Friday, June 21, 2013

Summer Solstice: A Dark Day

   The longest, brightest day of the year almost always depresses me. No, really. Just a little. What is wrong with me? How does it happen?

   I am a very glass-half-full kind of guy. I am often able to successfully rationalize the benefits of an event, even if the event switches. Does that make sense? Say there is this meeting I'll eventually need to have, for whatever reason. The meeting could be today or it could be next month. I find myself thinking "If I have to go to this meeting today, that's okay because then I won't have to have it later," but then if the meeting is later, I will think "I sure am glad I don't have to go to this meeting now, I can just go to it later." I shouldn't be able to pull a best-case scenario out of a binary action like that, but I do. All the time. (actually, comedian Demetri Martin sums up my life-philosophy quite well in this little bit. It's safe.)

   So, as a teacher who treasures his summers, loves warm, bright evenings and could spend all day outside, why does the Summer Solstice sadden me? Because it harkens a decline. A decline in the hours of the day, really. It should be the pinnacle of the year, but WHY CAN'T IT COME IN THE MIDDLE OF JULY!? When it comes seven-tenths of the way through June, things are just starting! The sun is growing it's force, school is barely out, playing is just about to really get going, and already the days start to get shorter?! That doesn't seem right. It's hard for me to deal with.

   On the other side, I love the Winter Solstice. The shortest day of the year? Sweet. We got through it. It's all getting better now. Soon the clocks will switch back, the nights will be brighter, and the worst of it is over. I somehow enjoy the worst day of the year more than the best day of the year. I dread the decline but look forward to the ascent. This flies in the face of my perma-glass-half-full defense I've set up, but it persists.

Oregon. Be jealous.

   I feel a lot of pressure when the sun is out. Everyone who lives in the Pacific Northwest gets this. We have such ample stuff to play in, with our lakes and rivers and mountains and ocean aplenty, and we have so few days of sunshine to really play with, that when they come you feel the need to use them. I don't play video games in the summer unless the sun is down. If I am going to read, I read outside. If I have work to do, I do it early in the morning before that heat is there to power my solar self. I actually go for runs (I detest running) because it's a reason to be outside. There's a finite amount of play that I can have. I need to play in it.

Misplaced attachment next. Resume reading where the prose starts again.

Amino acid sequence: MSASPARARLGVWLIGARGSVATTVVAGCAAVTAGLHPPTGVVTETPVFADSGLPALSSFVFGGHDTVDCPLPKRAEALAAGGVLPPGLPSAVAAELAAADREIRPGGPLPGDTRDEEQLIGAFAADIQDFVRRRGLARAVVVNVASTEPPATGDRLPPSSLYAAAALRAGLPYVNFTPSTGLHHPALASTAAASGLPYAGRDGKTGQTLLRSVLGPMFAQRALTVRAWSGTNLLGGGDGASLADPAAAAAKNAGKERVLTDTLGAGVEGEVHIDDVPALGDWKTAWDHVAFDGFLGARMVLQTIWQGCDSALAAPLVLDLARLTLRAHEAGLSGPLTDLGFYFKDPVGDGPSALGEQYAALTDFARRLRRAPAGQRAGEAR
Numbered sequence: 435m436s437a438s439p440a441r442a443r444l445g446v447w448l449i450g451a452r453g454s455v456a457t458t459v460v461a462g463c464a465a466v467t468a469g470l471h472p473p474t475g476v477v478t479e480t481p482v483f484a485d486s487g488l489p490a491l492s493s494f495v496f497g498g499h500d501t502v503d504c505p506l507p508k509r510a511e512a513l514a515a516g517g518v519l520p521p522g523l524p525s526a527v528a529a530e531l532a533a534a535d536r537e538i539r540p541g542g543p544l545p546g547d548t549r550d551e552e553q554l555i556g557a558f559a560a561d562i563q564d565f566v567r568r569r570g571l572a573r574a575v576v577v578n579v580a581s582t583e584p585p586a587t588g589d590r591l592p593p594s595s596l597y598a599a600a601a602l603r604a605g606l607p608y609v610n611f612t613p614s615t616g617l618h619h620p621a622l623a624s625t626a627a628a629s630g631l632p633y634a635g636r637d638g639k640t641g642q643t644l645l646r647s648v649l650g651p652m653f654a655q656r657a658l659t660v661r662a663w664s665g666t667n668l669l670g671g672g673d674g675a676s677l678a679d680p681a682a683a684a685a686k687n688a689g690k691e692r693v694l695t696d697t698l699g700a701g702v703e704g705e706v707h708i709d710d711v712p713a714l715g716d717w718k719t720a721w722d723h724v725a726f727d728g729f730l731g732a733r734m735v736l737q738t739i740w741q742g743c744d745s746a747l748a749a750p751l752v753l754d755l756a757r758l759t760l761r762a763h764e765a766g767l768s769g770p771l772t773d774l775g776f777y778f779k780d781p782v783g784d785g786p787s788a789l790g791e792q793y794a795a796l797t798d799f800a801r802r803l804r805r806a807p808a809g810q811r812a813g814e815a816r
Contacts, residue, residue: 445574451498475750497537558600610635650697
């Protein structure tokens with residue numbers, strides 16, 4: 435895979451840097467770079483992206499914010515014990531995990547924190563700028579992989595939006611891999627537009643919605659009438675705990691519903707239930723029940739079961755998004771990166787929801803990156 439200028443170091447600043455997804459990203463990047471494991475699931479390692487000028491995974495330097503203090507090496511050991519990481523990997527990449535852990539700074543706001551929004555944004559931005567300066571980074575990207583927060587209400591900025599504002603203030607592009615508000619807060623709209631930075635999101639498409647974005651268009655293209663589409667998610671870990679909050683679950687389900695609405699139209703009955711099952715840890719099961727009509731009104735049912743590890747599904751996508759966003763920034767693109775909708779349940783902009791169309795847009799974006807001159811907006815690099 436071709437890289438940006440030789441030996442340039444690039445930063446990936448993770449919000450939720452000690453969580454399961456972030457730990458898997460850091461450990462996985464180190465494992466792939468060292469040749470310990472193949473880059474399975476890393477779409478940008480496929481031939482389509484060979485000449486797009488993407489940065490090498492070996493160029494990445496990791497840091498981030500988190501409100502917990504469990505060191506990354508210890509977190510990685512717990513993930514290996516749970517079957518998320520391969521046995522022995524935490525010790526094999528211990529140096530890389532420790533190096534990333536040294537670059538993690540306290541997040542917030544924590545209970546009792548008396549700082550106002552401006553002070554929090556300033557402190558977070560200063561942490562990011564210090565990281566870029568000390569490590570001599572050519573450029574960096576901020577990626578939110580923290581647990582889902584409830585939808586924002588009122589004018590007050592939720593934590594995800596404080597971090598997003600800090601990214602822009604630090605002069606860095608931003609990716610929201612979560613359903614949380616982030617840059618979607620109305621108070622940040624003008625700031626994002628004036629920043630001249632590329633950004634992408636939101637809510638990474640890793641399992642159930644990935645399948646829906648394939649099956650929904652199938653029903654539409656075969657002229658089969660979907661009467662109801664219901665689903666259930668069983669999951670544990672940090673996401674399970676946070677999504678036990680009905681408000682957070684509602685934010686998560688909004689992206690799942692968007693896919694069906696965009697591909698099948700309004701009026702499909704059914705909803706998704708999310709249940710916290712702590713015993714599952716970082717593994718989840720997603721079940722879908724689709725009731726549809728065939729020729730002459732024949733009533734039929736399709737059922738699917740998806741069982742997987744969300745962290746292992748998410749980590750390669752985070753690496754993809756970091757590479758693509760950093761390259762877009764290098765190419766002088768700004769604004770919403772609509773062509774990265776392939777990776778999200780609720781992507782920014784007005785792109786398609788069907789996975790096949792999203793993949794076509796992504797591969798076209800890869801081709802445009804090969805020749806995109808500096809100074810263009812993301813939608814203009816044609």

I feel the pressure to have a successful summer. My goal is to have this day, some randome day in the middle of August, where I take a deep breath, satisfied that I have done enough. That I've swam and biked and hiked and frisbeed and floated and hammocked and laughed and firepitted and traveled and explored and adventured enough to get me through the upcoming play hibernation.
   I don't feel that pressure in the wet months. In fact, I feel free. I feel free to sit around, to play video games, to watch Netflix, to grade and write tests. I love that my job takes place during the bad months and is over just as things get good. I'd have a hard time working when the sun is out. Something feels off when I find the winter months more calming, despite the calm that summer actually brings to my life.

   (Fall helps. I am able to ease into the end of summer with beautiful weather, surrounding beauty, harvest foods to consume, and of course football.)

   This is my main dilemma - maybe I shouldn't say dilemma but instead "question" - about heaven. Is it always summer? Can there be a winter? Can there be seasons? Is there change? Change is hard. Change is bad, right? If things are perfect, there can't be change, because that would imply either things weren't perfect before the change or they aren't perfect after the change, right? Is that river always flowing, and the sun always shining, and every day it is there for me to choose to either swim in it, lay by it, float down it, or stare at it and listen to it?

   I actually think that's the great miracle about heaven. Well, maybe not the Great Miracle of heaven. Apart from the idea that heaven is infinite, that you never reach a halfway point and therefore never have to worry about the decline (there is no solstice! what?!). Apart from the fact that you are with God. Apart from all of the obvious stuff, I think the miracle of heaven, at least for me, is that change is good. Always good, always better. We can change from one perfect to another perfect. Change is transformed from a source of pain (is it THE source of pain?) to a new type of joy that comes from change. There has to be change, because we'll always have more God to experience. There's no solstice with Him.

   Maybe that's the real root of my anxiety about the longest day of the year. It's not something that I want to experience, because ultimately a climax signals either a decline or an end. I don't want those things. I don't think I am going to have them in Heaven. There's no solstice there.

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